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Showing posts from 2016

Snapshots - #13

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TV shows...
Outlander (♦♦♦♦): in Season 1, volume 2, just as Claire is about to return to 1945, she realizes she loves Jamie and stays put. Both flee to Lallybroch, home to the Fraser clan, of which Jamie is laird. As bad luck would have it, Jamie and Jack Randall, the captain of the British troops, cross paths again, and, as always, Jamie will be in the lose end.
Season 1, volume 2 feels like a transitional set of episodes that bring volume 1 episodes to their head. In volume 2, Claire realizes that she loves Jamie Fraser and shares the secret of her provenance with him. A chain of events test their commitment to each other and their vows, mostly in the last two episodes, which get overwhelmingly brutal on account of torture.
The great acting, the wry humor, the incandescent chemistry between Jamie and Claire, as well as the spectacular Scottish landscape are still signature elements of the series in volume 2 of Season 1, all marvelous reasons to keep watching this series.
The movies...
C…

My Reading Year 2016 in Retrospect

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I only finished 12 books this year, though I started several more which I abandoned—even at the 300 pages mark—to read at a later time. However, I can’t complain about the quality of the books I finished, I rated the majority of them four stars or higher.
Books read:             Fiction: 11                 Non-Fiction: 1                      Re-reads:  1
Genres: (some of these may overlap)
Historical Fiction: 3                           Popular Science: 1
Mystery/Suspense: 2
Contemporary Literature: 4            Thrillers/Espionage: 4
Jessica @ Bookworm Chronicles adapted some of these questions that I borrowed because I found them fun and revealing; I added other categories as I saw fit.
Best book of the year (I couldn’t possibly pick just one): Best Books I Read in 2016
Favorite cover: A Desperate Fortune by Susanna Kearsley
Favorite new authors (to me): Thomas Hager; Melanie Benjamin
Most thrilling (unputdownable): The Fist of God by Frederick Forsyth
The juiciest: The Swans of Fifth Avenue b…

The Tourist by Olen Steinhauer (♦♦♦)

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Milo Weaver has a complex personal history that he has hidden from everyone—his immediate family and his employer, the CIA. Milo is the American son of a former KGB colonel and of an anarchist mother with serious terrorist tendencies. His loyalty could be challenged if the CIA were to know that, you see?
Despite his complicated upbringing Milo is a good tourist, famed even. When a friend’s loyalty is questioned—a former tourist who has risen in the Paris’ desk—Milo intercedes and gets hints of a case he has followed for years, but his friend is killed and Milo is under suspicion…Strong suspicion…
On the run and with no one to trust, Milo travels to Europe to follow his late friend’s findings, but he soon realizes he is not closer to the answers he seeks. Apparently someone on the inside is feeding him false intelligence, but with what purpose?
The Tourist, the first installment in a trilogy detailing the adventures and misfortunes of spy Milo Weaver, is the second novel I have read by Ol…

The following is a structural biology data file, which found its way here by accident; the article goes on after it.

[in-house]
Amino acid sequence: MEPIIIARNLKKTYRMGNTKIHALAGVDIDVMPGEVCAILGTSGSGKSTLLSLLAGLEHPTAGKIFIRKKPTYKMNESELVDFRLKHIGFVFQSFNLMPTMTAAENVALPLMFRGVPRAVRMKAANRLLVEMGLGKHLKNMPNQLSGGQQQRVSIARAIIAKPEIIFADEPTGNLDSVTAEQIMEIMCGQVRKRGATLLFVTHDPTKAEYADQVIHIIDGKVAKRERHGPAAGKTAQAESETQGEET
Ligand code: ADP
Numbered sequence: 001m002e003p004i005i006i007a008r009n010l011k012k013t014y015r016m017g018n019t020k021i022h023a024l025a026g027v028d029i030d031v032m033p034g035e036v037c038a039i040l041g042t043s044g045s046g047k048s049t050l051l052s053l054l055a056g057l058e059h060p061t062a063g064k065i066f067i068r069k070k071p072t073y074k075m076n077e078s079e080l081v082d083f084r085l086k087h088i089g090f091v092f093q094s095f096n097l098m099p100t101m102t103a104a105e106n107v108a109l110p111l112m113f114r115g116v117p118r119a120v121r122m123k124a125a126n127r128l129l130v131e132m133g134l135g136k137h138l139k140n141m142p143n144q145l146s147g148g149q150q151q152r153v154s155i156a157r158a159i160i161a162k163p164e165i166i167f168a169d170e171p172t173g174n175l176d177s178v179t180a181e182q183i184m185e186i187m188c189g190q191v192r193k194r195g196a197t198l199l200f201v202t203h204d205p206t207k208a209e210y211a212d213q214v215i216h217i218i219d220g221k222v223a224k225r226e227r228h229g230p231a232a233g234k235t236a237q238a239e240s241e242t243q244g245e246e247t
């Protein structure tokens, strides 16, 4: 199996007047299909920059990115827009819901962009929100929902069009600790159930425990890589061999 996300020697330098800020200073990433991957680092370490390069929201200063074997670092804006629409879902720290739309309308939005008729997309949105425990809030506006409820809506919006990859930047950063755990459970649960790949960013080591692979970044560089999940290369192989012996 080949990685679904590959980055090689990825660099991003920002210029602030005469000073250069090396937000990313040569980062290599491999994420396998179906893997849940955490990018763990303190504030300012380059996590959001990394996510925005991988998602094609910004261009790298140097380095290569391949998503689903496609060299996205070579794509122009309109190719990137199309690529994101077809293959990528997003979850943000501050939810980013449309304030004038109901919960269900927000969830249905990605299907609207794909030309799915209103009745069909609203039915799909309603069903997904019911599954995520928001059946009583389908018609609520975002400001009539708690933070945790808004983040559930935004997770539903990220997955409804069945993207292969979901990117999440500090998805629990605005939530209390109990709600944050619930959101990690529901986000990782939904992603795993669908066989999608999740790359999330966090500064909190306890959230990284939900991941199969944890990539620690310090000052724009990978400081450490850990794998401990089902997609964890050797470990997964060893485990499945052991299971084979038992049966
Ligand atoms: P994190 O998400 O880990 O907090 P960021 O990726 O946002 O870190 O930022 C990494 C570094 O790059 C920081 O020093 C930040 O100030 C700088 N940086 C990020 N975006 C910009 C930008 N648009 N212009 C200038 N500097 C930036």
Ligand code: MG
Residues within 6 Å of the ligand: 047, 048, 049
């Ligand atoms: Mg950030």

Best Books I Read in 2016

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I hadn’t realized until I was compiling this list that out of the unimpressive 12 books I managed to finish this year, only two I rated below four stars. That says a great deal about the quality of the books I finished. The following is a compilation of the books I liked best in 2016.

The Fist of God by Frederick Forsyth (♦♦♦♦): is not a crash course, but a full immersion in the 1st Gulf War complete with army acronyms, rogue hero pilots, and top notch espionage. Taut, dense, and brimming with useful (and likely) insider's information, it took me ages to absorb it all, and what a ride that was.
The Swans of Fifth Avenue by Melanie Benjamin (♦♦♦♦): reads like those appetizing stories in contemporary celebrity magazines like Star and Us Weekly that few people confess to reading, or liking. I read them and like them, so I enjoyed The Swans... a great deal.
Named of the Dragon by Susanna Kearsley (♦♦♦♦): I had a great time reading this book. In it, Susanna Kearsley weaves Celtic legends …

Snapshots - #12

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TV shows...
Outlander (♦♦♦♦): Claire Beauchamp, a British combat nurse in WWII, is in the Scottish Highlands, six months after the end of the war, on a second honeymoon with husband Frank Randall. Frank is researching his genealogy, and this trip proves an excuse to find out more about one of his ancestors.
The night of Samhain, Claire and Frank witness a druid ritual in the site of an ancient circle of stones rumored to have magical powers. The morning after, Claire touches the large stone at the center of the circle, and is transported to the year 1743, when Scottish Highlanders are organizing the second Jacobite rebellion to depose King George II of England and replace him with Prince Charles, son of James Stuart, rightful heir to the throne of England.
Among the Highlanders, Claire is seen with a mixture of admiration and suspicion, the former due to her skills as a healer, the latter mostly because she cannot truly explain her purpose among them. When she makes a powerful enemy in t…

Captain America: The Winter Soldier (♦♦♦♦)

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Steve Rogers (a.k.a., Captain America) leads a rescue mission of hostages, taken by pirates, aboard a S.H.I.E.L.D.'s carrier. Natasha Romanoff (a.k.a., Black Widow) backups the content of the master computer aboard the vessel, which, as it turns out, not even S.H.I.E.L.D.'s director Nick Fury can access.